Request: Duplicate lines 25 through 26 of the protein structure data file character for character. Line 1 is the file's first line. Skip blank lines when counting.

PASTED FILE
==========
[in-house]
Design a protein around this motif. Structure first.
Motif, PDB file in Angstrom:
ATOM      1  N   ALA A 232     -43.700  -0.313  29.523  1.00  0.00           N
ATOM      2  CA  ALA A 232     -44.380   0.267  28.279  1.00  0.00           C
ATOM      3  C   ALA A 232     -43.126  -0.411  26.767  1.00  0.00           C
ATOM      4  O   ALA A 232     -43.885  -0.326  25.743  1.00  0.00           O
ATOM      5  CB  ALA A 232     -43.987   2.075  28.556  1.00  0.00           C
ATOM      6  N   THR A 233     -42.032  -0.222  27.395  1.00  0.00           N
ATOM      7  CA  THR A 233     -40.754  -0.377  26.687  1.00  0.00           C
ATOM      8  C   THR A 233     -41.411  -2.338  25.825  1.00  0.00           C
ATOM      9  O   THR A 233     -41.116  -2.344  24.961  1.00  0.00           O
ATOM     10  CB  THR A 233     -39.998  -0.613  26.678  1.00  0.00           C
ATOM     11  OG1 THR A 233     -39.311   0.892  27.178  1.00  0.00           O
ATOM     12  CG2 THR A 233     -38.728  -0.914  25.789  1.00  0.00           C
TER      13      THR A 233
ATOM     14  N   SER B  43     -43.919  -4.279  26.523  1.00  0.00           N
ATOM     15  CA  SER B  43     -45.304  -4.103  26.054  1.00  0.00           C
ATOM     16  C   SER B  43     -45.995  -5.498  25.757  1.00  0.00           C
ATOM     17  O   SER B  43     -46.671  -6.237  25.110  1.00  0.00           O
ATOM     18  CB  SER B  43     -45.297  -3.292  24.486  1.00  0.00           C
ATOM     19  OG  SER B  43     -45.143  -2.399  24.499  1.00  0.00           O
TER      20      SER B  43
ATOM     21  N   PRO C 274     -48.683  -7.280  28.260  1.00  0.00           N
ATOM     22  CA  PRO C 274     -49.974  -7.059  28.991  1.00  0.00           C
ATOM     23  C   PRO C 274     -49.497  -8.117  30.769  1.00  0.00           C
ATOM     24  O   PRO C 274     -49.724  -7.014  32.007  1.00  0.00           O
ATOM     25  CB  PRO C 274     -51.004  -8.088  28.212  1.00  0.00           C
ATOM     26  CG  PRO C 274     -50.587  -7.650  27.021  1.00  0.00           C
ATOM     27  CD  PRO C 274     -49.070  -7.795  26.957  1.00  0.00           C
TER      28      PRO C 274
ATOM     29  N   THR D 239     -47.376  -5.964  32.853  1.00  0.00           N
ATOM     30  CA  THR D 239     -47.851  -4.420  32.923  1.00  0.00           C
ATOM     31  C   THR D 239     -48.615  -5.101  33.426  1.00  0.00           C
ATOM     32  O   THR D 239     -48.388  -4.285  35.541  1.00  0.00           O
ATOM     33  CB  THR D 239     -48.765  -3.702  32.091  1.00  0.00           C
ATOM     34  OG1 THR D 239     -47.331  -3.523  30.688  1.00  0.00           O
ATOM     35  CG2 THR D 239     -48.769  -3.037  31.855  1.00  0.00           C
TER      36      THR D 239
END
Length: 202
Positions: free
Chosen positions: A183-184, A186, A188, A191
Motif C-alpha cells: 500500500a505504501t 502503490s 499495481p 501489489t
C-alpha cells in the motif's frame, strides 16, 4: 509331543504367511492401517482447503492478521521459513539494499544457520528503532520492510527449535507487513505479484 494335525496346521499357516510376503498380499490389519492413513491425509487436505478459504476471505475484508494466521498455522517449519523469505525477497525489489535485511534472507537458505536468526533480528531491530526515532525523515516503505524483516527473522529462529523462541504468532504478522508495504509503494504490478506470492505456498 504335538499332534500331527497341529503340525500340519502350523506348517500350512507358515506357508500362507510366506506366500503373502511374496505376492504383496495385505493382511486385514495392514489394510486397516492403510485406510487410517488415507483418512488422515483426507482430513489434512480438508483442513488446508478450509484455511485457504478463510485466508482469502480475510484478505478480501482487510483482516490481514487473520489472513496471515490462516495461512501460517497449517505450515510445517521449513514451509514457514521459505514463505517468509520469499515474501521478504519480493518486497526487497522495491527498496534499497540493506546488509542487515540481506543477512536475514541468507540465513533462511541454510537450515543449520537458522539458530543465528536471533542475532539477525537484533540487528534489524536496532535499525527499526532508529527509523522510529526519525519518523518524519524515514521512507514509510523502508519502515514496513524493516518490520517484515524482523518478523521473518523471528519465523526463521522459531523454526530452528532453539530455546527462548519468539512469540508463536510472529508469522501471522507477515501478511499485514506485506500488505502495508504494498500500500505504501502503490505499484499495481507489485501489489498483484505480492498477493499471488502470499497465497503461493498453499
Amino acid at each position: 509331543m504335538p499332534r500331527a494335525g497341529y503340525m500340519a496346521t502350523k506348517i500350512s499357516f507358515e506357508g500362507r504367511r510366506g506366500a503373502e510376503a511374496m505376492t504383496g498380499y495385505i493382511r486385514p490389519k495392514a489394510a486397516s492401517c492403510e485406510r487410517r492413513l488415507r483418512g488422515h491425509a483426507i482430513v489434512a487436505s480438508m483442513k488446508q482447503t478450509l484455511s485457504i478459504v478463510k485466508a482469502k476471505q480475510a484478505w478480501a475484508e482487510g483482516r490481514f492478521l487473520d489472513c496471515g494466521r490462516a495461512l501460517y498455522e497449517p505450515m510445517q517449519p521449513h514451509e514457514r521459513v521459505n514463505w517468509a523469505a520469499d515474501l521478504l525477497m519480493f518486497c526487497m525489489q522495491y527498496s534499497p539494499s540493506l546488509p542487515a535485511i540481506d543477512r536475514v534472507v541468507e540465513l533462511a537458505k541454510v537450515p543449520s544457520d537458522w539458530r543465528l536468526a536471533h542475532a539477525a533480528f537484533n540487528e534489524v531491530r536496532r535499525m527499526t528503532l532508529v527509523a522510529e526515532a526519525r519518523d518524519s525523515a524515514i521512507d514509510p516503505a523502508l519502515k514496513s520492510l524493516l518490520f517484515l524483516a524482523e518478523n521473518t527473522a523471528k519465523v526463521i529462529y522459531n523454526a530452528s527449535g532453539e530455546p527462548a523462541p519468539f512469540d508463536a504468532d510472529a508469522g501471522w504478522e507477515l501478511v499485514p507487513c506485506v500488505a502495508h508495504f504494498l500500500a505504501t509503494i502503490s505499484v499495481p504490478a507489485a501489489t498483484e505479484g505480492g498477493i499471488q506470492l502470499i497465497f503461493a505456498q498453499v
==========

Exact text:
ATOM     22  CA  PRO C 274     -49.974  -7.059  28.991  1.00  0.00           C
ATOM     23  C   PRO C 274     -49.497  -8.117  30.769  1.00  0.00           C